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July 15, 2011

Online student shows dedication to bringing education to rural parishes

Research shows that several qualities contribute to being a successful online student, including strong motivation and a healthy dose of self-discipline.

In fact, many online students will attest that online learning is not easier than the traditional educational process and actually may take more time and commitment.

But for those willing to work hard, the online experience is often just as rewarding.

Alana Sandidge, 34, of Tensas Parish, is one such University of Louisiana at Monroe student.

Not only is she a participant in the Emerging Scholars Program at the university, she took a first place win in the College of Business Administration undergraduate category during the 2011 Student Research Symposium.

Her topic for the symposium, distance education and how it can help in a rural setting, is something for which she is quite passionate.

"Because much of Louisiana is still rural, and because this often means lower incomes, college still often isn't an option for many young people," said Sandidge.

"Online opportunities can certainly address this issue. I see programs such as ULM GOLD (Gateway to Online Degrees) a way for all students, regardless of geographic location or other responsibilities, to pursue their education."

Sandidge returned to school following a 15-year absence, motivated by understanding supervisors where she works at the Tensas Parish School Board as a payroll clerk, and the desire to show her children that hard work and dedication pays off.

Sandidge said she was grateful to discover that being a full-time employee and a mother did not mean she had to sacrifice a great education.

"The professors in online classes participate as much in these online courses as they do in the classroom," she said.

"They are encouraging, supportive, and available. The ULM Gold program makes possible the dreams for anyone who really wants to achieve their goal of completing a degree. I also could not have done this without the support and encouragement of family. "

Sandidge, a business major now on the president's list, said her ultimate goal is to help people in some way and give back to society. Professor of Economics Tammy Parker said that Sandidge's dedication is remarkable.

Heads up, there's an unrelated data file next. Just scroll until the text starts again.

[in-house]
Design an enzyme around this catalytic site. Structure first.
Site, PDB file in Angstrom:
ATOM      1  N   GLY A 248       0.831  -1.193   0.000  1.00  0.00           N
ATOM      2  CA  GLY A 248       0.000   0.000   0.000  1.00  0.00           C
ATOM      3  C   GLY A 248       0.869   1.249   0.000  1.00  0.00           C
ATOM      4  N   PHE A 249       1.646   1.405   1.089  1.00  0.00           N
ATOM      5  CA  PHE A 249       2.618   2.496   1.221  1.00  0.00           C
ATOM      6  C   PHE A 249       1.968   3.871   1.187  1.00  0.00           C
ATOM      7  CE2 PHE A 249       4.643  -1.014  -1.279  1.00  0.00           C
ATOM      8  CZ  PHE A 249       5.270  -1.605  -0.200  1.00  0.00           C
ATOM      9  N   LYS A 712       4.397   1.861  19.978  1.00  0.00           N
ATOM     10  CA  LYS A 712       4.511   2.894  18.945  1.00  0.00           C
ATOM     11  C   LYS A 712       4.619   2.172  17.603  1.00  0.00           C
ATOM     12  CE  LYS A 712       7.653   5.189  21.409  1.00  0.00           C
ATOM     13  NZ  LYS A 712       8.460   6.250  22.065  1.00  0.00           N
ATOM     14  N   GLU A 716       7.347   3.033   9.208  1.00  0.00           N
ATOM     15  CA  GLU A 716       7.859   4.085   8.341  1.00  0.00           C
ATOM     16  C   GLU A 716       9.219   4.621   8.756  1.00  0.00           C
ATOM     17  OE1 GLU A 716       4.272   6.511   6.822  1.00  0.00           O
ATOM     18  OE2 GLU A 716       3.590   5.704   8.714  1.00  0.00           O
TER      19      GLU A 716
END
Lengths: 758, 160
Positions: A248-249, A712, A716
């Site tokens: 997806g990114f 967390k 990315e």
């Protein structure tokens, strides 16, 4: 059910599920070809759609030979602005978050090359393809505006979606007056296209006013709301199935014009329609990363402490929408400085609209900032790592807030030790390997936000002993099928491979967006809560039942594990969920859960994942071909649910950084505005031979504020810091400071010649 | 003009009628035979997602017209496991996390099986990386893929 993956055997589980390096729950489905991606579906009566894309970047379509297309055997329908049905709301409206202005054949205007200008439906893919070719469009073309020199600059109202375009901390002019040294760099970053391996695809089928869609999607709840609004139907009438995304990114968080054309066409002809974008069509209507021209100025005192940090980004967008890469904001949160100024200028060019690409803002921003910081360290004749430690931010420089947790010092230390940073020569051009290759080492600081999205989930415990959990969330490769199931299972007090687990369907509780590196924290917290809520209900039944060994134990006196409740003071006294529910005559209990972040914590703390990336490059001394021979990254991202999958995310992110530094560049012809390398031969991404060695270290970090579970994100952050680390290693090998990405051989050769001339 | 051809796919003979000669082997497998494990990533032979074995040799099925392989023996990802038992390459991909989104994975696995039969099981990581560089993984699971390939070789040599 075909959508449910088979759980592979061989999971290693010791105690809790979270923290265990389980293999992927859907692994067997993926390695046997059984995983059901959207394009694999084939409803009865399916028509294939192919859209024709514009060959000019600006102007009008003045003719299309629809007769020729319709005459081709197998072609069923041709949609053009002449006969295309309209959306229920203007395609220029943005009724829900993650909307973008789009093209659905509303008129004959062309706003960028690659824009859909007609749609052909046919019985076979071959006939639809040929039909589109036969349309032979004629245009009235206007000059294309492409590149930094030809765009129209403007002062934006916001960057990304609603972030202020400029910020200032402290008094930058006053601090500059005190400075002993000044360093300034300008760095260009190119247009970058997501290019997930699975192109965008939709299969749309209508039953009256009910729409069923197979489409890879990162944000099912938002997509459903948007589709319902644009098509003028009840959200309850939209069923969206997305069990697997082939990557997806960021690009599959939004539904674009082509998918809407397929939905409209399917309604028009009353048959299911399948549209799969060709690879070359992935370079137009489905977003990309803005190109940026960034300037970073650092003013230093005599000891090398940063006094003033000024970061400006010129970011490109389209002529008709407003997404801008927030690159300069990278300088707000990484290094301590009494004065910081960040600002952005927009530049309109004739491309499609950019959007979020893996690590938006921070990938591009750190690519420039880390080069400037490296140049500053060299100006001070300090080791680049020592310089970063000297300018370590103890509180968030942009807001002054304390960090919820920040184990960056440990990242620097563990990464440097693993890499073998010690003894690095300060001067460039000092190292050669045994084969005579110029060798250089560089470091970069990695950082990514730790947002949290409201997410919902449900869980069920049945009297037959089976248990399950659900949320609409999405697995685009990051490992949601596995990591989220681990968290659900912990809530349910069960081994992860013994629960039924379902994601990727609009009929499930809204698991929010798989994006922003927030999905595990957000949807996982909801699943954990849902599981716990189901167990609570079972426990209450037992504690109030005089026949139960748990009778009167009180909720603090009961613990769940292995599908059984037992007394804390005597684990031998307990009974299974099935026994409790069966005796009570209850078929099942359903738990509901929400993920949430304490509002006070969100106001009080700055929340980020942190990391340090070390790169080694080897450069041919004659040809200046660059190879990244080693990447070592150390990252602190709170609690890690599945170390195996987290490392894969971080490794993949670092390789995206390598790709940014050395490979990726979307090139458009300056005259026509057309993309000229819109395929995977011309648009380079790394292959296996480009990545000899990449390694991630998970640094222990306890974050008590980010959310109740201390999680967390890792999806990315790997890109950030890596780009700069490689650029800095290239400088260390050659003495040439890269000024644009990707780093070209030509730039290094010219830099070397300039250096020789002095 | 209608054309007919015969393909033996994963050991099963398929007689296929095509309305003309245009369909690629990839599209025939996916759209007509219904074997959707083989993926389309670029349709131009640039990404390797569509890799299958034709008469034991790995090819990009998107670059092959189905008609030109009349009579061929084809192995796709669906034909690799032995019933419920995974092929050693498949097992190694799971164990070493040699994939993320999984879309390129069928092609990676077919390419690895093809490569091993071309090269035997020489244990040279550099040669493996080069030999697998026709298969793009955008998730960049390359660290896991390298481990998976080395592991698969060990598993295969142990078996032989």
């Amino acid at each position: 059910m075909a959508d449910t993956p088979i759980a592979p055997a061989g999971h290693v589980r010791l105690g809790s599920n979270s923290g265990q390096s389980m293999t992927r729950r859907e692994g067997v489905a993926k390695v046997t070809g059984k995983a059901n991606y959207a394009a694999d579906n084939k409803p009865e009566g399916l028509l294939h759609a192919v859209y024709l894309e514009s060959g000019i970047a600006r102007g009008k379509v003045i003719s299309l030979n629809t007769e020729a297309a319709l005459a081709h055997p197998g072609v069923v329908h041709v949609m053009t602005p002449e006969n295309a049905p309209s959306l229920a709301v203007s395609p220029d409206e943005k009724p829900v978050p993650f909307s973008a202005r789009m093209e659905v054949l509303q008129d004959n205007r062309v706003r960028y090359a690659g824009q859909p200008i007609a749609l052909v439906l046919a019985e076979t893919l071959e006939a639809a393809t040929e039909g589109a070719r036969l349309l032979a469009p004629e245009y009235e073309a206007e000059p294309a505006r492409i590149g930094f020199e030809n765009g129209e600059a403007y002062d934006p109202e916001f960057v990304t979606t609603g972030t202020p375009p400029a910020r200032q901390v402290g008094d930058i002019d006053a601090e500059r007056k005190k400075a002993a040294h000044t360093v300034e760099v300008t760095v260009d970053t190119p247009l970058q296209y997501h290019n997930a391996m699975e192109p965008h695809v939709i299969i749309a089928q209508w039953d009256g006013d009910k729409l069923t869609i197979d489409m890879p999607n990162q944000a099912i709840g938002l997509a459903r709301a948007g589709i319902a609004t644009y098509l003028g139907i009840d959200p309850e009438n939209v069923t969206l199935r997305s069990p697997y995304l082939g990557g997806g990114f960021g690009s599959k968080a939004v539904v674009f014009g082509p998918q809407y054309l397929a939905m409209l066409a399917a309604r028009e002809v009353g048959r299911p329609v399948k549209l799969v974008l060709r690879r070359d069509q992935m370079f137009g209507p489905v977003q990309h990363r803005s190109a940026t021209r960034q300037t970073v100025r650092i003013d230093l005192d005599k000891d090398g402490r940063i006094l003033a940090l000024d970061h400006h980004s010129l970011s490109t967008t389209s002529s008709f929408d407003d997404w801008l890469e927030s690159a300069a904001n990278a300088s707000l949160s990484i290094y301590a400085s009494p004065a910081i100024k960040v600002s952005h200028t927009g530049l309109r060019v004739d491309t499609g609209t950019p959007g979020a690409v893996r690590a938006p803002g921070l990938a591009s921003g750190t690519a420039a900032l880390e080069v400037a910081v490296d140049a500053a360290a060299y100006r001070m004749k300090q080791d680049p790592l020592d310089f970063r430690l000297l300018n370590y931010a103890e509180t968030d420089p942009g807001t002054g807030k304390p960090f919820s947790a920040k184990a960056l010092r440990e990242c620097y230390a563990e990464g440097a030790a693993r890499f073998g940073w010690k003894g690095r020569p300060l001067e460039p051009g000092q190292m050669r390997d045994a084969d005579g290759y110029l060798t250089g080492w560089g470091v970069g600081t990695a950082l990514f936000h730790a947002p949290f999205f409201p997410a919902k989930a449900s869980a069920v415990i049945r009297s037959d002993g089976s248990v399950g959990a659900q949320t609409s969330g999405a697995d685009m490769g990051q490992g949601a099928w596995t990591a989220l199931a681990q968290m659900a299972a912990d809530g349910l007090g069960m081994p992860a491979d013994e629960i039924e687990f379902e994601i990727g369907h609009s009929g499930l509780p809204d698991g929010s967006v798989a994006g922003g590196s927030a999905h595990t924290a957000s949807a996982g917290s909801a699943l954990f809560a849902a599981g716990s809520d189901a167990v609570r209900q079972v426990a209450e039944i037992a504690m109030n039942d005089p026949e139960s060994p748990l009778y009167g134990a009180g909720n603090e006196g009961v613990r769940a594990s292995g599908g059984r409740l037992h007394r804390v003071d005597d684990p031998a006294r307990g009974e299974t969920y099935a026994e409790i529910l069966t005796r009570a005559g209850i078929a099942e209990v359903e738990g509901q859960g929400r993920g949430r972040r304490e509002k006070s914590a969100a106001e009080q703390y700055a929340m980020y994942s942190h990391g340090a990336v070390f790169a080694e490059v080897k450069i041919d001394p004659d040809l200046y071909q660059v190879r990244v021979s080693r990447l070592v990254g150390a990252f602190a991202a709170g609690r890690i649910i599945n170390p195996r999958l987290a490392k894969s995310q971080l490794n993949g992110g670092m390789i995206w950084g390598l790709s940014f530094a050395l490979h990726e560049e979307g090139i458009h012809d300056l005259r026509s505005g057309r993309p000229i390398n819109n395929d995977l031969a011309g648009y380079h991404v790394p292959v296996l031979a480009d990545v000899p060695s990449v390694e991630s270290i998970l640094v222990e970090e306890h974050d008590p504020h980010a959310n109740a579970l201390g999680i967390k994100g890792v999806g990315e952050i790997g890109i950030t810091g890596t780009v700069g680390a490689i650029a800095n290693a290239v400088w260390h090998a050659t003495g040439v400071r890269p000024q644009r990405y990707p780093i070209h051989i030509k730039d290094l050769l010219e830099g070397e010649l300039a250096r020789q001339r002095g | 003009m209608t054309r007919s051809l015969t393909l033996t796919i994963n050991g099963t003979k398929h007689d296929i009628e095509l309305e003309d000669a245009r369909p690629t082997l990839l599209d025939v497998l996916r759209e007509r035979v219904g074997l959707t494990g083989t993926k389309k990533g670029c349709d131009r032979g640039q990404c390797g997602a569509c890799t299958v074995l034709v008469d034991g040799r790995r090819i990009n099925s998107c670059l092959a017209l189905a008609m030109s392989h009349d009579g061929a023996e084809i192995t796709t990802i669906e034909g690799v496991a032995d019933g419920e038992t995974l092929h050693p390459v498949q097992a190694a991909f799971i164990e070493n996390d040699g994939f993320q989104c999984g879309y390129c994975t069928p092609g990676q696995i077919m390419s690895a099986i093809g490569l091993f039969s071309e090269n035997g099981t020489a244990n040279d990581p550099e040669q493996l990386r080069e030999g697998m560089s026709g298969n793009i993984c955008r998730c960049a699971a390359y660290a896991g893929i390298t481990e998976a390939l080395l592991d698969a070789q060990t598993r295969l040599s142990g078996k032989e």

"If there are online students who have participated in both the Emerging Scholars Program and the Student Research Symposium, it is a rarity," said Parker.

"Alana contacted us about wanting to be more involved and to work with a professor on a research project. Few students take charge of their college career in this way. She truly is an inspiration and model for others to follow."

College of Business Administration Dean Dr. Ron Berry sees the college becoming more involved in rural areas.

One way is to reach out to students such as Sandidge, who work in rural parish school districts.

"When we consider just how many potential students live and work in rural parishes, we realize just how crucial online education is. It provides students access, where before there was none," Berry said.

"And research shows that earning a degree leads to higher wages and increased quality of life."

"Alana is the type of online student that any university would love to have," said Arturo Rodriguez, business instructor at ULM's College of Business Administration.

"She is hard working and not afraid to learn and apply something new everyday. With a full-time job and a family, she is also an inspiration to faculty and students alike. Our area is truly fortunate to have her as a student."

For more about the GOLD program at ULM, visit the GOLD Web site at, call toll free at 1-877-ULM-ONLINE or email

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